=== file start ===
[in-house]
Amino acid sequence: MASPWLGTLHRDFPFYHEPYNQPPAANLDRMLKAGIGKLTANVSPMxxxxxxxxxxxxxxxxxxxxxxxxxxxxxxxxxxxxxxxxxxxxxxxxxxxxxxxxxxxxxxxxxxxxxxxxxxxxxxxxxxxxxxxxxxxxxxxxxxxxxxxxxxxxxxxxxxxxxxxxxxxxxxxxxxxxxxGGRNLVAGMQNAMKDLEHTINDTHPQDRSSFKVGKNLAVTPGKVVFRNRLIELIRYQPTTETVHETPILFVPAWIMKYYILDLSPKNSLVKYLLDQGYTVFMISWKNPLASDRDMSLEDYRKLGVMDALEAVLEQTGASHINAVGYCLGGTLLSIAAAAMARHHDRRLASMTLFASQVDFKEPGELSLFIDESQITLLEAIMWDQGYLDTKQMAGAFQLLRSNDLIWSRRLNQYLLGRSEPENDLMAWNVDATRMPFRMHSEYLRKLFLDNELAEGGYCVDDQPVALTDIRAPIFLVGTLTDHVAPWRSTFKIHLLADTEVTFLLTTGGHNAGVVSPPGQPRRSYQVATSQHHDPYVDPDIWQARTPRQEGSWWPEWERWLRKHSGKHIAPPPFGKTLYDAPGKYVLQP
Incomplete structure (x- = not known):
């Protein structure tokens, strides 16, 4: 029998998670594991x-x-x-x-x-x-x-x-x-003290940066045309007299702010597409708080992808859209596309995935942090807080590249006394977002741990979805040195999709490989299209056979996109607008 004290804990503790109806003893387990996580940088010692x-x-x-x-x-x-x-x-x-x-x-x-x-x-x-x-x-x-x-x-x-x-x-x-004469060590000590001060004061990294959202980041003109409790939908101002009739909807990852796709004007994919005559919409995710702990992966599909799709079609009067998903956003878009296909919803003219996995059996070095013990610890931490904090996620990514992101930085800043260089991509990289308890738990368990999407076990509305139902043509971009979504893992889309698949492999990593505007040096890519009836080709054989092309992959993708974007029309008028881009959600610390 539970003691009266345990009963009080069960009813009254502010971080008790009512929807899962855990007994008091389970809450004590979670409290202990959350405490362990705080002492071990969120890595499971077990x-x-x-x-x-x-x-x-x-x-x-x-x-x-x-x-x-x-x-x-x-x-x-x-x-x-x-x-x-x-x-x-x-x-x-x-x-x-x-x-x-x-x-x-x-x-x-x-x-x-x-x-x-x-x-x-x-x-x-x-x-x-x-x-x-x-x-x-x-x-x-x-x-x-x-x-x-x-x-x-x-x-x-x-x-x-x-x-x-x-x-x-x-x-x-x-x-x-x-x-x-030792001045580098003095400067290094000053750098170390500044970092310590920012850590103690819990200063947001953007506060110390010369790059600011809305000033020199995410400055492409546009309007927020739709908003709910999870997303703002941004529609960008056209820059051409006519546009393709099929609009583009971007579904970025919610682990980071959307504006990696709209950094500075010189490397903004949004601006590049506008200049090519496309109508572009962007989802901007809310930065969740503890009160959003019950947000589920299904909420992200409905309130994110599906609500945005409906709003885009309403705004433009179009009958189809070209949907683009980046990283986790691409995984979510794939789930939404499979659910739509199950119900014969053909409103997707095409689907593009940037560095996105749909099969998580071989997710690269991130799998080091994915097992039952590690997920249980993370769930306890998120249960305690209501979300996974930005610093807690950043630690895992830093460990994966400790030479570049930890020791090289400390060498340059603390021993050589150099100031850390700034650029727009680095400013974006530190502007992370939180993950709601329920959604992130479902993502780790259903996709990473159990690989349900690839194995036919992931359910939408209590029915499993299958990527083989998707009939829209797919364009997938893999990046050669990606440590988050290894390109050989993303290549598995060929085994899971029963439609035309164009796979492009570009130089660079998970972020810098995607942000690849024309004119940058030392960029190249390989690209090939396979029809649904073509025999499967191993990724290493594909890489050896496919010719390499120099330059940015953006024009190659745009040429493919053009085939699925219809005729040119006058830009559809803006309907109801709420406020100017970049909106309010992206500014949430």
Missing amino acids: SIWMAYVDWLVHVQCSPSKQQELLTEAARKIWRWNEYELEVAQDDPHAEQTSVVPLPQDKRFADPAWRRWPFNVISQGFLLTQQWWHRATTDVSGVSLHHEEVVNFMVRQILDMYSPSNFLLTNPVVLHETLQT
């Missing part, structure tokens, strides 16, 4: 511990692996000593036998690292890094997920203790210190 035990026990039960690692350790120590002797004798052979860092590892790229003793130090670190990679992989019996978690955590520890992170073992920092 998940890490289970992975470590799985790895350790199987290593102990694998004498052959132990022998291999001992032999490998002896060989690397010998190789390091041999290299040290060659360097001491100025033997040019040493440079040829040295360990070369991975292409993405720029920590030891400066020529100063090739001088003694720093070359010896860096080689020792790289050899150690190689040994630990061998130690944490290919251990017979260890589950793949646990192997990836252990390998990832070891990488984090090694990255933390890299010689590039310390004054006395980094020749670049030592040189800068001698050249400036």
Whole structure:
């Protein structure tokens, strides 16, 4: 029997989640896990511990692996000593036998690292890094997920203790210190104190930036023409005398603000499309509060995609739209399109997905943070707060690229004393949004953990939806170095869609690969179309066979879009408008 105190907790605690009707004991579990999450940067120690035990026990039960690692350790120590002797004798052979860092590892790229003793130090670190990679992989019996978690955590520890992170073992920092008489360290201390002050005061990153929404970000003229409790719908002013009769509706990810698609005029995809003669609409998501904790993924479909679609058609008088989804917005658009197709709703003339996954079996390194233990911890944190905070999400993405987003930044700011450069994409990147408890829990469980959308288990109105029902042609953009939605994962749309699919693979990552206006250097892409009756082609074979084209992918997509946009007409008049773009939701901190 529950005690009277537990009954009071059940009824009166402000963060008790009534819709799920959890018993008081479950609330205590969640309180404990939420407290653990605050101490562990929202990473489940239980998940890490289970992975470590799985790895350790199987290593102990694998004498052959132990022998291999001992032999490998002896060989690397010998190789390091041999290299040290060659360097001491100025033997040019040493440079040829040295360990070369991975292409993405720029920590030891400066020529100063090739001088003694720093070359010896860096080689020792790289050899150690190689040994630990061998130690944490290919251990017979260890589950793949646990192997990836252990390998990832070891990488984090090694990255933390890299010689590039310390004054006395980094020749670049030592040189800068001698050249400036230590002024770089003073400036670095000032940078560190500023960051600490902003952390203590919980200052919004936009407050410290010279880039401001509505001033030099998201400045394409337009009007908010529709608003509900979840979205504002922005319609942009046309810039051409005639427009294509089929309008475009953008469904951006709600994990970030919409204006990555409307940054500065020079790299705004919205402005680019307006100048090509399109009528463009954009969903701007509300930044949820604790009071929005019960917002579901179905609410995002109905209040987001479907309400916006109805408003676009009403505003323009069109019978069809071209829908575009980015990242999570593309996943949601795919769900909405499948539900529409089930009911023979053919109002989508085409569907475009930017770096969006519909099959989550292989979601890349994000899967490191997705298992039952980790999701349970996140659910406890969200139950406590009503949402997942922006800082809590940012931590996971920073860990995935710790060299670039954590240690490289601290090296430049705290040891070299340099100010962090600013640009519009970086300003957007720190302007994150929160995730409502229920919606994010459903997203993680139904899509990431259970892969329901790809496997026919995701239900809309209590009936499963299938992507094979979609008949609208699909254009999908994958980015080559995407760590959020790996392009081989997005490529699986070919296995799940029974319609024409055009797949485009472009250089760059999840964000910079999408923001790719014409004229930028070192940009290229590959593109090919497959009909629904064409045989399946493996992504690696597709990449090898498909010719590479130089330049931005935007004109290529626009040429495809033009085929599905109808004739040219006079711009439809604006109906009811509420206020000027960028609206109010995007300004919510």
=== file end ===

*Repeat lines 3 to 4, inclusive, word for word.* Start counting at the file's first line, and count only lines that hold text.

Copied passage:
Incomplete structure (x- = not known):
């Protein structure tokens, strides 16, 4: 029998998670594991x-x-x-x-x-x-x-x-x-003290940066045309007299702010597409708080992808859209596309995935942090807080590249006394977002741990979805040195999709490989299209056979996109607008 004290804990503790109806003893387990996580940088010692x-x-x-x-x-x-x-x-x-x-x-x-x-x-x-x-x-x-x-x-x-x-x-x-004469060590000590001060004061990294959202980041003109409790939908101002009739909807990852796709004007994919005559919409995710702990992966599909799709079609009067998903956003878009296909919803003219996995059996070095013990610890931490904090996620990514992101930085800043260089991509990289308890738990368990999407076990509305139902043509971009979504893992889309698949492999990593505007040096890519009836080709054989092309992959993708974007029309008028881009959600610390 539970003691009266345990009963009080069960009813009254502010971080008790009512929807899962855990007994008091389970809450004590979670409290202990959350405490362990705080002492071990969120890595499971077990x-x-x-x-x-x-x-x-x-x-x-x-x-x-x-x-x-x-x-x-x-x-x-x-x-x-x-x-x-x-x-x-x-x-x-x-x-x-x-x-x-x-x-x-x-x-x-x-x-x-x-x-x-x-x-x-x-x-x-x-x-x-x-x-x-x-x-x-x-x-x-x-x-x-x-x-x-x-x-x-x-x-x-x-x-x-x-x-x-x-x-x-x-x-x-x-x-x-x-x-x-030792001045580098003095400067290094000053750098170390500044970092310590920012850590103690819990200063947001953007506060110390010369790059600011809305000033020199995410400055492409546009309007927020739709908003709910999870997303703002941004529609960008056209820059051409006519546009393709099929609009583009971007579904970025919610682990980071959307504006990696709209950094500075010189490397903004949004601006590049506008200049090519496309109508572009962007989802901007809310930065969740503890009160959003019950947000589920299904909420992200409905309130994110599906609500945005409906709003885009309403705004433009179009009958189809070209949907683009980046990283986790691409995984979510794939789930939404499979659910739509199950119900014969053909409103997707095409689907593009940037560095996105749909099969998580071989997710690269991130799998080091994915097992039952590690997920249980993370769930306890998120249960305690209501979300996974930005610093807690950043630690895992830093460990994966400790030479570049930890020791090289400390060498340059603390021993050589150099100031850390700034650029727009680095400013974006530190502007992370939180993950709601329920959604992130479902993502780790259903996709990473159990690989349900690839194995036919992931359910939408209590029915499993299958990527083989998707009939829209797919364009997938893999990046050669990606440590988050290894390109050989993303290549598995060929085994899971029963439609035309164009796979492009570009130089660079998970972020810098995607942000690849024309004119940058030392960029190249390989690209090939396979029809649904073509025999499967191993990724290493594909890489050896496919010719390499120099330059940015953006024009190659745009040429493919053009085939699925219809005729040119006058830009559809803006309907109801709420406020100017970049909106309010992206500014949430």